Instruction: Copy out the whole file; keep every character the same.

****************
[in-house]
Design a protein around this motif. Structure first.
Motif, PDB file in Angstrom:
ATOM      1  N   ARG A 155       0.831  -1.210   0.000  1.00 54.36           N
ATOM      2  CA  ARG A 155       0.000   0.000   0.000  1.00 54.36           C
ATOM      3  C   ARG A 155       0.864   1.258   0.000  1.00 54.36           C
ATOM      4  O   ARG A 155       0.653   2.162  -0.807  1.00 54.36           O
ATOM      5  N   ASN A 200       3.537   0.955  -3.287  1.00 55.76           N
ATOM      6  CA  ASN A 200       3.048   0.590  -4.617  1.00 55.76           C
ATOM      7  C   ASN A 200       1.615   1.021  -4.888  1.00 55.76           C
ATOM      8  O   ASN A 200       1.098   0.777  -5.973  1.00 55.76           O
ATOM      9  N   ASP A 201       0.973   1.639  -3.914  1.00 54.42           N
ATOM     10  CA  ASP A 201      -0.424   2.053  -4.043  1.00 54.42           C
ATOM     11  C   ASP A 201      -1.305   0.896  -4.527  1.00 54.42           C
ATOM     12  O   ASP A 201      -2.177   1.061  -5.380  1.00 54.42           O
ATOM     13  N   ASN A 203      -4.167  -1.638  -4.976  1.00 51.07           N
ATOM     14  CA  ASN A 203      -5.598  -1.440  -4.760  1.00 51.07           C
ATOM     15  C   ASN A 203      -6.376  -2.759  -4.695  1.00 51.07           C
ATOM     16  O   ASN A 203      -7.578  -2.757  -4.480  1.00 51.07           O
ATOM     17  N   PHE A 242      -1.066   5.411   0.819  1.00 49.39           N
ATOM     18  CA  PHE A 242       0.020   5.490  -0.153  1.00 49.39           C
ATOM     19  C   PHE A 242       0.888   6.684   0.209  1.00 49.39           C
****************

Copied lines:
[in-house]
Design a protein around this motif. Structure first.
Motif, PDB file in Angstrom:
ATOM      1  N   ARG A 155       0.831  -1.210   0.000  1.00 54.36           N
ATOM      2  CA  ARG A 155       0.000   0.000   0.000  1.00 54.36           C
ATOM      3  C   ARG A 155       0.864   1.258   0.000  1.00 54.36           C
ATOM      4  O   ARG A 155       0.653   2.162  -0.807  1.00 54.36           O
ATOM      5  N   ASN A 200       3.537   0.955  -3.287  1.00 55.76           N
ATOM      6  CA  ASN A 200       3.048   0.590  -4.617  1.00 55.76           C
ATOM      7  C   ASN A 200       1.615   1.021  -4.888  1.00 55.76           C
ATOM      8  O   ASN A 200       1.098   0.777  -5.973  1.00 55.76           O
ATOM      9  N   ASP A 201       0.973   1.639  -3.914  1.00 54.42           N
ATOM     10  CA  ASP A 201      -0.424   2.053  -4.043  1.00 54.42           C
ATOM     11  C   ASP A 201      -1.305   0.896  -4.527  1.00 54.42           C
ATOM     12  O   ASP A 201      -2.177   1.061  -5.380  1.00 54.42           O
ATOM     13  N   ASN A 203      -4.167  -1.638  -4.976  1.00 51.07           N
ATOM     14  CA  ASN A 203      -5.598  -1.440  -4.760  1.00 51.07           C
ATOM     15  C   ASN A 203      -6.376  -2.759  -4.695  1.00 51.07           C
ATOM     16  O   ASN A 203      -7.578  -2.757  -4.480  1.00 51.07           O
ATOM     17  N   PHE A 242      -1.066   5.411   0.819  1.00 49.39           N
ATOM     18  CA  PHE A 242       0.020   5.490  -0.153  1.00 49.39           C
ATOM     19  C   PHE A 242       0.888   6.684   0.209  1.00 49.39           C